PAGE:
On April 2 and 3, 2017, three solar flares erupted from the sun. NASA's Solar Dynamics Observatory captured the stunning view. Follow Tech Insider: On Facebook Join the conversation about this story »
A solar eruption on Sept. 26, 2014, seen by NASA's Solar Dynamics Observatory affecting the ionosphere in all of Earth's northern latitudes. If erupted solar material reaches Earth, it can deplete the electrons in the upper atmosphere in some locations...
(NASA/Goddard Space Flight Center) The sun emitted a trio of mid-level solar flares on April 2-3, 2017. NASA's Solar Dynamics Observatory, which watches the sun constantly, captured images of the three events.
The sun emitted a trio of mid-level solar flares on April 2-3, 2017. The first peaked at 4:02 a.m. EDT on April 2, the second peaked at 4:33 p.m. EDT on April 2, and the third peaked at 10:29 a.m. EDT on April 3. NASA's Solar Dynamics Observatory, which watches the sun constantly, captured images of the three events. Show More Summary
The Solar Dynamics Observatory (SDO) has now captured nearly seven years worth of ultra-high resolution solar footage. This time lapse shows that full run from two of SDO's instruments. The large orange sun is visible light captured by HMI. The...
It seems like only yesterday that I was noting First Light on Nasa’s Solar Dynamics Observatory [SDO], and the early hours of this morning for ‘three years in three minutes‘ and ‘SDO Year 4‘. In fact the SDO was launched on 11 Feb 2010, with First Light in April of that year. [Seven long years… more...
Astronomers from the University of Hawaii Institute for Astronomy (IfA), Brazil, and Stanford University may have solved a long-standing solar mystery. Two decades ago, scientists discovered that the outer five percent of the sun spins more slowly than the rest...
NASA's Solar Dynamics Observatory just spotted a massive hole on the sun surface called a coronal hole. The hole appears black because it's cooler than its surroundings, and is responsible for high-speed solar winds that can sometimes...Show More Summary
On Oct. 19, 2016, operators instructed NASA's Solar Dynamics Observatory, or SDO, to look up and down and then side to side over the course of six hours, as if tracing a great plus sign in space. During this time, SDO produced some unusual data. Show More Summary
A few hours before the Halloween night, NASA's Solar Dynamics Observatory, or SDO caught an image of a partial solar eclipse and what looks like a rather frightened sun. The blazing body appears to shudder as the moon crosses its path. Show More Summary
NASA combined two pictures of the sun at different wavelengths of extreme ultraviolet light to create a spooky Halloween image.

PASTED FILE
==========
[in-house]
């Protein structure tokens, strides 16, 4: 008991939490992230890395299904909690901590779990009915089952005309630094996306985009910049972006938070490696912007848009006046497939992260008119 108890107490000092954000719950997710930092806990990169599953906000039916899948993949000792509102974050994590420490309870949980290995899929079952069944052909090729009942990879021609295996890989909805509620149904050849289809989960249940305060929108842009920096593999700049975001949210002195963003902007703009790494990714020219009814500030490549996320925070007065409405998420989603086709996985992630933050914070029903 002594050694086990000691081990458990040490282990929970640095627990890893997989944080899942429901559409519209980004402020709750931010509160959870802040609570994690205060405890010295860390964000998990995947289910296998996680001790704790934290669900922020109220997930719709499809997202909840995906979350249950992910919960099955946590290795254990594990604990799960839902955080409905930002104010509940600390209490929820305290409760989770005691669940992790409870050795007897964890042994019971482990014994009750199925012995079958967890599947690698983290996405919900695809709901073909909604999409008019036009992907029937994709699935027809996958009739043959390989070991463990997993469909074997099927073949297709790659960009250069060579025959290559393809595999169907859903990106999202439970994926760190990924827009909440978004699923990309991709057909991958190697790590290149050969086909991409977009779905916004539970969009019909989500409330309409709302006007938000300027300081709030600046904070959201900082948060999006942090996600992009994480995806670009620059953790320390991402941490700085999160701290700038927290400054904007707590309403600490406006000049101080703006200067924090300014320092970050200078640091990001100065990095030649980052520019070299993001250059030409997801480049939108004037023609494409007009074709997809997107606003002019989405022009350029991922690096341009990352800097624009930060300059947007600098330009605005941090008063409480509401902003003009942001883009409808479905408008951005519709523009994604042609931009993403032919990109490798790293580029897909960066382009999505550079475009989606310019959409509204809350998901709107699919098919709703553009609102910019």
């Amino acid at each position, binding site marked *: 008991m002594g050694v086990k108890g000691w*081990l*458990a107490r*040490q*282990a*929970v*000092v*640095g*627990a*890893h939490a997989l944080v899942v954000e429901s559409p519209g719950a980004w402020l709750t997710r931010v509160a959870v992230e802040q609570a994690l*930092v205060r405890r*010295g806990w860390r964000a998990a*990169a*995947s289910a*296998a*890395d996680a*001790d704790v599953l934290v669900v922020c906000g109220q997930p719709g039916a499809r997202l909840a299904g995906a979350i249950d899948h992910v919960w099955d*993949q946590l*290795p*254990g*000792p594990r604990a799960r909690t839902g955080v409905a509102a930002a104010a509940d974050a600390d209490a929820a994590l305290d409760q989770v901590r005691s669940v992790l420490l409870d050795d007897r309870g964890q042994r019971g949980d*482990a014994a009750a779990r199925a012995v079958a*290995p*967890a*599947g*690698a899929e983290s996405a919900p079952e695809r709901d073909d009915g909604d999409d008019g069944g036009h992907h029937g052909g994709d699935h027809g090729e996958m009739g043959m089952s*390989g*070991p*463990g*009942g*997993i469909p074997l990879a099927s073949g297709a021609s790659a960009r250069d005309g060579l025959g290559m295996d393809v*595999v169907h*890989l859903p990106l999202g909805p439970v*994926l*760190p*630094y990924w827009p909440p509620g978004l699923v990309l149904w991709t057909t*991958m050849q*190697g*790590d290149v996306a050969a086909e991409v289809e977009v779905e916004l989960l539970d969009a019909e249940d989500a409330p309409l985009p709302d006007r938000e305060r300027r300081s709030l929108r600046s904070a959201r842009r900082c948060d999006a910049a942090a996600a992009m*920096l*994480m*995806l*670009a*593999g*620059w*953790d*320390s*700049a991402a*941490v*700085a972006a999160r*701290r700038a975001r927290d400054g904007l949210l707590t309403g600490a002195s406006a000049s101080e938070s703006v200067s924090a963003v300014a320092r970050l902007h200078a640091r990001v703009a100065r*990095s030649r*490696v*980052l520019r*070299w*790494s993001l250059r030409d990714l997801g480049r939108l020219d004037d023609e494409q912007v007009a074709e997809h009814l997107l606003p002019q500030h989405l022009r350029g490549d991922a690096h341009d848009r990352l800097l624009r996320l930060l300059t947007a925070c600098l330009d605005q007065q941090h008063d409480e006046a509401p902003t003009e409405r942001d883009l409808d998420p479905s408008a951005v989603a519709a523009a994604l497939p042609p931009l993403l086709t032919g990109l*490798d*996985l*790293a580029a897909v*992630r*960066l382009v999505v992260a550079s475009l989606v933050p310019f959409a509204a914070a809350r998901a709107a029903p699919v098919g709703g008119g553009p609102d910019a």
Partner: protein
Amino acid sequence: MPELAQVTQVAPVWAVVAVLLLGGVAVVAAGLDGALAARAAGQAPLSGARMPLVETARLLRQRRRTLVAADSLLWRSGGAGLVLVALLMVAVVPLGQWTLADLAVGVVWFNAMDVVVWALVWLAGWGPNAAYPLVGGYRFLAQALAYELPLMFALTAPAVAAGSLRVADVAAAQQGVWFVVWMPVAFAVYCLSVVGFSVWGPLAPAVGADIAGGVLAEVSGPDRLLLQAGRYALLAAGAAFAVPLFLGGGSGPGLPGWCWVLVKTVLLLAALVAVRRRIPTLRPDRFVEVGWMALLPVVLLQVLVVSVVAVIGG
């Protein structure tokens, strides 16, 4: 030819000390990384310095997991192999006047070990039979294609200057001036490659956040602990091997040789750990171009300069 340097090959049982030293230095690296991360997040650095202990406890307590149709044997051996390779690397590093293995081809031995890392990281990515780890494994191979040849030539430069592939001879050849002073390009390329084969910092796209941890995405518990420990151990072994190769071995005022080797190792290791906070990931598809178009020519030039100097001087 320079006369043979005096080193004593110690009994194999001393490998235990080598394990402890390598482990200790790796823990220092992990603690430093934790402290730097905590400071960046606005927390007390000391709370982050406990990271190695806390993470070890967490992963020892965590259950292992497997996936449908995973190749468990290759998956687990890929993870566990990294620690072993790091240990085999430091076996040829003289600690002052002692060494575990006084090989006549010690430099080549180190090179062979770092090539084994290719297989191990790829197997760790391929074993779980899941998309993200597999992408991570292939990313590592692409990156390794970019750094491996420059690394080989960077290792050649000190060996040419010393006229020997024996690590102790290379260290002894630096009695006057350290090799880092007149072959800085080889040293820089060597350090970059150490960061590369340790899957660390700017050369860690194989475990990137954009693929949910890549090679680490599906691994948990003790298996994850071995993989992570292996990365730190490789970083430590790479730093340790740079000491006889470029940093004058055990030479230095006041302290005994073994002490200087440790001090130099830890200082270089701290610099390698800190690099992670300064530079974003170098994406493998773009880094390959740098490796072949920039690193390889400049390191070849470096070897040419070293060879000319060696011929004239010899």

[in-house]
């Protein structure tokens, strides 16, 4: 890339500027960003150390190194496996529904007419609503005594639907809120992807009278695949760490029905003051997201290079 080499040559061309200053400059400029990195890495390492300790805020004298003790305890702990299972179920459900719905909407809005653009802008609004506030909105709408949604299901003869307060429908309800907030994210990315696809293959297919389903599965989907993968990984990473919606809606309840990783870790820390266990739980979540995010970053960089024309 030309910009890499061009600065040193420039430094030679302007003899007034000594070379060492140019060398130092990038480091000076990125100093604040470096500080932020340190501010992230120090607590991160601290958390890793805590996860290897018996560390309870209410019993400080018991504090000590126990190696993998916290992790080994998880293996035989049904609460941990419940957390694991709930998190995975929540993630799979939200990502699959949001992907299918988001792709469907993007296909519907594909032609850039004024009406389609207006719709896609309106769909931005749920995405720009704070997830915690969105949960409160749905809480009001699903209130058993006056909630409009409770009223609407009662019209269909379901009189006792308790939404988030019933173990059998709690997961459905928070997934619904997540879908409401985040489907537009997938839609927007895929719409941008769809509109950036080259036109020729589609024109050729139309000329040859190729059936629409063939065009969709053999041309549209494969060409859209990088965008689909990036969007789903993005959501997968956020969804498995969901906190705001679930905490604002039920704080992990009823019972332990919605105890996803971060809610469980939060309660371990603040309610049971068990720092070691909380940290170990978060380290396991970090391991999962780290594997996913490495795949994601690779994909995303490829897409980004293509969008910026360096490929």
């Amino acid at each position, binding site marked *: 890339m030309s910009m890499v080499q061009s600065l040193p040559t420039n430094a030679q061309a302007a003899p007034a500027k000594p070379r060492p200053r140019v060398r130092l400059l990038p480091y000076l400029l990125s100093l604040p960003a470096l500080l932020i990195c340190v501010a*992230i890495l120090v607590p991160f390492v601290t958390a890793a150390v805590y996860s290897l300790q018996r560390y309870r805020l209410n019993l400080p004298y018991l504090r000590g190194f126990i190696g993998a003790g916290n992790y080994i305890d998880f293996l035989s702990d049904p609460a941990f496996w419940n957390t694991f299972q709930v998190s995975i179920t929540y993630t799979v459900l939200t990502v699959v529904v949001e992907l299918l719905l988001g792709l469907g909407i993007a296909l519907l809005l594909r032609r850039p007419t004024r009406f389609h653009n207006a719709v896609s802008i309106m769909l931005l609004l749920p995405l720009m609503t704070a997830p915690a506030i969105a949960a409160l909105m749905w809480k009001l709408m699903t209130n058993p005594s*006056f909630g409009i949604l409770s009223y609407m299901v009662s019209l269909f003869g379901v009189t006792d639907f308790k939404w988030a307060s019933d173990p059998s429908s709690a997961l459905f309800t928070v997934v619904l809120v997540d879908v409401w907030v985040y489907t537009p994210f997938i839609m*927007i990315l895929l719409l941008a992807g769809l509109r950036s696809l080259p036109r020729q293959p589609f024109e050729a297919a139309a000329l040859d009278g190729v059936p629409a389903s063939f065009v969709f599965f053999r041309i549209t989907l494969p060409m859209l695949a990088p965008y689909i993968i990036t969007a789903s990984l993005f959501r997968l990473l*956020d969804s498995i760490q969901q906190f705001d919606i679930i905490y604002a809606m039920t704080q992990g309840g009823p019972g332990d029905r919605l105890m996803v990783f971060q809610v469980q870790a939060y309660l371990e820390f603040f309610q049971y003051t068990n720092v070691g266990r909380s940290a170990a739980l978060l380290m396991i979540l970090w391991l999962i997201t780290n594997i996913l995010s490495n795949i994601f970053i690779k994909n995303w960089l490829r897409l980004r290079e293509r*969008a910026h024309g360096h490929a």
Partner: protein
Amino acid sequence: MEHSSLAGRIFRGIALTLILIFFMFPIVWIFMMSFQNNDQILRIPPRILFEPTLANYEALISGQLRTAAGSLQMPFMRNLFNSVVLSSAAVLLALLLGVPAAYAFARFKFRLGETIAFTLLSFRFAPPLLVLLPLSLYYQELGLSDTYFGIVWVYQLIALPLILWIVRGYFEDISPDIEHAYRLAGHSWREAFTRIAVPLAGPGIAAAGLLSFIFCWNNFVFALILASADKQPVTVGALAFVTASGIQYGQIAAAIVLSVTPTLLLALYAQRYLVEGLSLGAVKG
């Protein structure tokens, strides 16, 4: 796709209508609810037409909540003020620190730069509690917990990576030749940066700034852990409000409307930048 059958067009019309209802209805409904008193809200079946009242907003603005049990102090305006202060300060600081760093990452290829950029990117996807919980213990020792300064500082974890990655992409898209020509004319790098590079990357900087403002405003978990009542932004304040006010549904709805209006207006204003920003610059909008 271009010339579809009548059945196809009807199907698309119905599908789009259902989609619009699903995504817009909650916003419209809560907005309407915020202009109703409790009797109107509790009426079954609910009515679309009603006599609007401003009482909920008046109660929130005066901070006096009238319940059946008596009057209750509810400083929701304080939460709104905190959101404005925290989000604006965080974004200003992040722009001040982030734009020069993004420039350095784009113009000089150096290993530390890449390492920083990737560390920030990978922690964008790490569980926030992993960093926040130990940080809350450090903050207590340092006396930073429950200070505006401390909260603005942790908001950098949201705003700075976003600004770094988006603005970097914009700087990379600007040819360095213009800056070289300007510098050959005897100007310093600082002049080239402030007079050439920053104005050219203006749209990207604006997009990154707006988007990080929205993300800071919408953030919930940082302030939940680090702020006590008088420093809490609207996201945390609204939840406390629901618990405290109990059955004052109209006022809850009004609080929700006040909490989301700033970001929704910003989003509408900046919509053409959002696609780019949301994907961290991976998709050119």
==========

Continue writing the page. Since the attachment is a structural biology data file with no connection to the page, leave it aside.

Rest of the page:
Massive arches of solar material brighten and stream over an active region on the sun's surface in this animation of imagery captured by NASA's Solar Dynamics Observatory, or SDO, on Sept. 29, 2016.
On Sept. 1, the SDO captured a rare sight.
Early in the morning of Sept. 1, 2016, NASA's Solar Dynamics Observatory, or SDO, caught both Earth and the moon crossing in front of the sun. SDO keeps a constant eye on the sun, but during SDO's semiannual eclipse seasons, Earth briefly blocks SDO's line of sight each day -- a consequence of SDO's geosynchronous orbit.
After more than a week offline, NASA’s Solar Dynamics Observatory — the sun-watching spacecraft responsible for these close-up images of solar flares, fire and loops — is back. But just what caused it to glitch in the first place? More »
After more than a week offline, NASA’s Solar Dynamics Observatory—the sun-watching spacecraft responsible for these close-up images of solar flares, fire, and loops—is back. But just what caused it to glitch in the first place? Read more...
Beautiful bursts on the solar surface, invisible to the human eye, have been recorded in high-resolution video by NASA’s Solar Dynamics Observatory at the early-July peak of the sun’s activity this year.
For seven hours on July 6, NASA's Solar Dynamics Observatory (SDO) did a 360 degree spin, on one axis, through space. By taking images every 12 seconds and then colorizing the ultraviolet wavelengths of the photo in gold, NASA created...Show More Summary
Space acrobatics is all part of the job for NASA’s Solar Dynamics Observatory.
No, the space-based Solar Dynamics Observatory isn’t on the fritz—it was actually instructed to make this flip while snapping pics of the Sun. It might sound like NASA took this thing out for a joy ride, but there’s a very good reason for the evasive maneuver. Read more...